• John Konop says:

      That is the type of plan I have advocated for being an option within a state exchange for all…..this is what the debate should be centered around….

    • Or you could read the article (waiver wasn’t granted because regulations weren’t written yet), do a Google search, and find out that HEY GUESS WHAT THEY GRANTED THE WAIVER.

      God you guys are terrible. Do a google search to fact check your “facts”.

      The program still exists, it got a waiver.

    • John Konop says:

      Napoleon,

      Chris has also advocated the plan you support on this blog, why not work with him to advocate for it here? This is a classic example of people agreeing on pragmatic policy from both sides, end the political BS, and work together, for what is right.

  3. saltycracker says:

    Soon we’ll have to “Show me the money” aka millions of new policies in place and hope we are going down the right road for Georgians.

  4. seekingtounderstand says:

    If the world doesn’t want our software, phones, cars because we spy on everything, does it really matter if we have healthcare/tax if people can not find work.
    And who is going to pay the bills if we eliminate another industry?
    Other countries are now developing their own internet systems.

  5. Rick Day says:

    of us simply believe there were better ways to solve the problems our health care and health insurance system face.

    which are…..? *hands you the chalk, gestures to chalkboard*

    And “better ways” have been held back as a viable option because…..?

    • seekingtounderstand says:

      ACA is really just a political action organization. They used the free phones to organize and remind people to go out and vote………….just imagine what they could do with control of health care.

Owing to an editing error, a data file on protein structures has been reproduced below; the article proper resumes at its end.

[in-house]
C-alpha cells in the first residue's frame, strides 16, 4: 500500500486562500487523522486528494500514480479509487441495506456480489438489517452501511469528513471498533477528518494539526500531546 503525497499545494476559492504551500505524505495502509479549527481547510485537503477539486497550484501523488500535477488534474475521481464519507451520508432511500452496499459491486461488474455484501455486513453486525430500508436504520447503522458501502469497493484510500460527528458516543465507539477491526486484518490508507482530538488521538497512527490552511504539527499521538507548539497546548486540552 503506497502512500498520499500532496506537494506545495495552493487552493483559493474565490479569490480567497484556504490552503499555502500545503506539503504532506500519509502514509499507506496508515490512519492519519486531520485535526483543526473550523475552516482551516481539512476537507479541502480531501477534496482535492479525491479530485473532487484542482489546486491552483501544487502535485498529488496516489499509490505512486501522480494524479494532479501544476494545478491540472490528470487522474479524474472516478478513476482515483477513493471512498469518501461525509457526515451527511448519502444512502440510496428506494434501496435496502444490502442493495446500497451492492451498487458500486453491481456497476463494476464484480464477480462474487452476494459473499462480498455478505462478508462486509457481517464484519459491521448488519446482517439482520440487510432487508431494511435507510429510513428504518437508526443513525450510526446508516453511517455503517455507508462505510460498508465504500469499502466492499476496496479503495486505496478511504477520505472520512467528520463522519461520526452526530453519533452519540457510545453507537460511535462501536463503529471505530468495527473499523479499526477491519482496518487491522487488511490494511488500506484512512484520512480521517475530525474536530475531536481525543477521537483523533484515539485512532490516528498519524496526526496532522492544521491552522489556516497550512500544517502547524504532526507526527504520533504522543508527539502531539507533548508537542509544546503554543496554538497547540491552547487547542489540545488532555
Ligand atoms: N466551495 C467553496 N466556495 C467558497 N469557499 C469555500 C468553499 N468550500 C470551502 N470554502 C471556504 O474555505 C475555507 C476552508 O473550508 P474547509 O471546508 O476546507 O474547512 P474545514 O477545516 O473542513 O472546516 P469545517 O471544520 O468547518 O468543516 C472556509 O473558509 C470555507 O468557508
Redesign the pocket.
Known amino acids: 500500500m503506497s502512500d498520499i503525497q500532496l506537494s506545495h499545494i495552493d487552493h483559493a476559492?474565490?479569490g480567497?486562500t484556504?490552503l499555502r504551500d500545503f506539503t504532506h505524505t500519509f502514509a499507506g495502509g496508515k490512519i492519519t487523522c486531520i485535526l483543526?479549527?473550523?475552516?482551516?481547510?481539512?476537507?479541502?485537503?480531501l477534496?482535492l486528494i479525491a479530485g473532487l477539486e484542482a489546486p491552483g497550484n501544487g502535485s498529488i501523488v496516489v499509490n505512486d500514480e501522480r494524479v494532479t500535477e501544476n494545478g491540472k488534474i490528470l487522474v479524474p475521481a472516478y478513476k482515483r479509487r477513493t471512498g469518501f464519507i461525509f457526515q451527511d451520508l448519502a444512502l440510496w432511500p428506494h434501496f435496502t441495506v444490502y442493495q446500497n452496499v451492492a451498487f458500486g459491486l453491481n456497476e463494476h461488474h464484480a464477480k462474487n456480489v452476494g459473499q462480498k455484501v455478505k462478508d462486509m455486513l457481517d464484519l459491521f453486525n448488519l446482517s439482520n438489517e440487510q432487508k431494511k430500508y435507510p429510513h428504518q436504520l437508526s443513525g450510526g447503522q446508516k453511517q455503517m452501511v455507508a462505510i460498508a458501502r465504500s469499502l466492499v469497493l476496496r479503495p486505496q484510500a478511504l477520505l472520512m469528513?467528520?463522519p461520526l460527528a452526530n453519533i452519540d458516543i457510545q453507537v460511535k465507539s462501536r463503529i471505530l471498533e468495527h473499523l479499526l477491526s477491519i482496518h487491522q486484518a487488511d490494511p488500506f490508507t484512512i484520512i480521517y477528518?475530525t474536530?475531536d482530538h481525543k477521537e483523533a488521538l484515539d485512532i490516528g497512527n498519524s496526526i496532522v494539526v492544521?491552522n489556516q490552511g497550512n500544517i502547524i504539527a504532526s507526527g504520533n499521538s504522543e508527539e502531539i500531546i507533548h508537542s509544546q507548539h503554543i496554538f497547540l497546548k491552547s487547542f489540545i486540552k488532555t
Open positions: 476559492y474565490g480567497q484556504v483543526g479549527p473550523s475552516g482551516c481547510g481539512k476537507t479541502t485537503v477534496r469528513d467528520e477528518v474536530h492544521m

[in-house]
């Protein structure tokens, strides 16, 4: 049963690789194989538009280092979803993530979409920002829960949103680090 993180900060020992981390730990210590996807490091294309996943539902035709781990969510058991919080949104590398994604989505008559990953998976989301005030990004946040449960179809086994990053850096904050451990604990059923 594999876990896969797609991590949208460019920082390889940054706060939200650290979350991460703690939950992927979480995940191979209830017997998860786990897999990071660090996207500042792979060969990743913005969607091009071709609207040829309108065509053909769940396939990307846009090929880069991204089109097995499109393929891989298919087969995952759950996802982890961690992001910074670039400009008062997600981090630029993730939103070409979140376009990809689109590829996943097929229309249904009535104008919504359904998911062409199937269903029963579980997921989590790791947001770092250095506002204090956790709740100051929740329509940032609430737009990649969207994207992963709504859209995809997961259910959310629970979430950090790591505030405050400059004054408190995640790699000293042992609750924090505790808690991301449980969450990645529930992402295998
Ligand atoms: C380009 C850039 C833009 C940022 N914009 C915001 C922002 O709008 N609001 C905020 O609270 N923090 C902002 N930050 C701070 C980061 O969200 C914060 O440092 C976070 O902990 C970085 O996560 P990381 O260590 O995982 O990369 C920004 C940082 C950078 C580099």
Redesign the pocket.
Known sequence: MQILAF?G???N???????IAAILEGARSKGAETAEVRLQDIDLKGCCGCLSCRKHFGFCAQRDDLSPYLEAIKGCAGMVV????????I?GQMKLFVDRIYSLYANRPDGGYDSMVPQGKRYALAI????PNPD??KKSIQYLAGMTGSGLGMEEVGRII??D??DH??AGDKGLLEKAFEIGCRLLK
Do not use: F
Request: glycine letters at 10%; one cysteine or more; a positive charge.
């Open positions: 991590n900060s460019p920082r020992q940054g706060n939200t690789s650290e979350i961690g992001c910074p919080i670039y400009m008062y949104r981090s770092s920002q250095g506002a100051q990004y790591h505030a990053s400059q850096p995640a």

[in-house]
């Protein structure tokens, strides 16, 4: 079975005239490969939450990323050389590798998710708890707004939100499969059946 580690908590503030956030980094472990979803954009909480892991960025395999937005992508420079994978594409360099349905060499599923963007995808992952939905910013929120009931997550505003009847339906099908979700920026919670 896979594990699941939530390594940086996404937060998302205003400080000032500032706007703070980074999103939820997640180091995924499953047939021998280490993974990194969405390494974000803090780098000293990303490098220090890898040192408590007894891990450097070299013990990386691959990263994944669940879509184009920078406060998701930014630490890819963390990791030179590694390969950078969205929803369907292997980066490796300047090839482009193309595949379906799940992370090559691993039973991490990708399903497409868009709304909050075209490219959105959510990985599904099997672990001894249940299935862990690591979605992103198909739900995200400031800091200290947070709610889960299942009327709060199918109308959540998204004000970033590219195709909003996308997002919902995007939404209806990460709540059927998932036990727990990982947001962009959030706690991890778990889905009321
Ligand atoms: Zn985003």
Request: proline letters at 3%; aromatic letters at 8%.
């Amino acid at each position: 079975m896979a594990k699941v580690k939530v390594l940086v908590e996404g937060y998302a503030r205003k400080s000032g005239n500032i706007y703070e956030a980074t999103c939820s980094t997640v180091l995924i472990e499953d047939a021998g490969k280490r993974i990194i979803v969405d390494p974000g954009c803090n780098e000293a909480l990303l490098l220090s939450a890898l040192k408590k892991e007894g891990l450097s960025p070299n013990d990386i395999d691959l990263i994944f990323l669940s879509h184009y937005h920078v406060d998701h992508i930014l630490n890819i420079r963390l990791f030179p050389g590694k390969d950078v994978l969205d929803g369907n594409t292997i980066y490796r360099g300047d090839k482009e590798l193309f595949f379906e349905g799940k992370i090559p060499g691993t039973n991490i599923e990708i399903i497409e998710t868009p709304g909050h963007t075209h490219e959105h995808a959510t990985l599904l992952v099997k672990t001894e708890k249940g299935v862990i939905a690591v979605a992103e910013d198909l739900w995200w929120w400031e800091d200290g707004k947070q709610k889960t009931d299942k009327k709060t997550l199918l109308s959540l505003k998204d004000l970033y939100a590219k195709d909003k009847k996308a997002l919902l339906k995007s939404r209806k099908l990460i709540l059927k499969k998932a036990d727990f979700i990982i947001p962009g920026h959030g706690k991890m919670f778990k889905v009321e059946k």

• Napoleon says:

          John, the WSJ also was very much in favor of it. It is a shame that Georgia hasn’t looked into this type of program. If I were a legislator, I would introduce something like that, but I’m not and I have no plans to run for the legislature, so maybe someone in the legislature who reads or writes on this blog will take a look at it.

          We need to start looking at healthcare like we look at other insurance. Your homeowner’s insurance doesn’t pay out every time you need a repair. Your auto insurance doesn’t cover you in the event of an oil change or new tires, or even very costly repairs like a new transmission.

          Employer based health insurance has gone from a perk to attract good workers in a time when labor was in short supply after WWII, to something that has developed into a “right.” It’s not a right. Forcing others to provide you insurance does not make it a right. There are other rights that a certainly not substadized. We have a right to own a gun, but you can’t force the federal or state government to buy you one. You also can’t demand taxpayer dollars to exercise your freedom of speech, religion, petition or assembly. In fact, the only enumerated right you have that requires a profession to provide you services and a third party to pay for it is the right to an attorney, and that right did not get fully extended to states until about 170 years after the right was enumerated.

          Chris, fine, they granted the waiver. That wasn’t the real point though. The point was that despite the echo-chorus of mindless Obama-drones chanting that there is no GOP alternative, the fact is there actually is.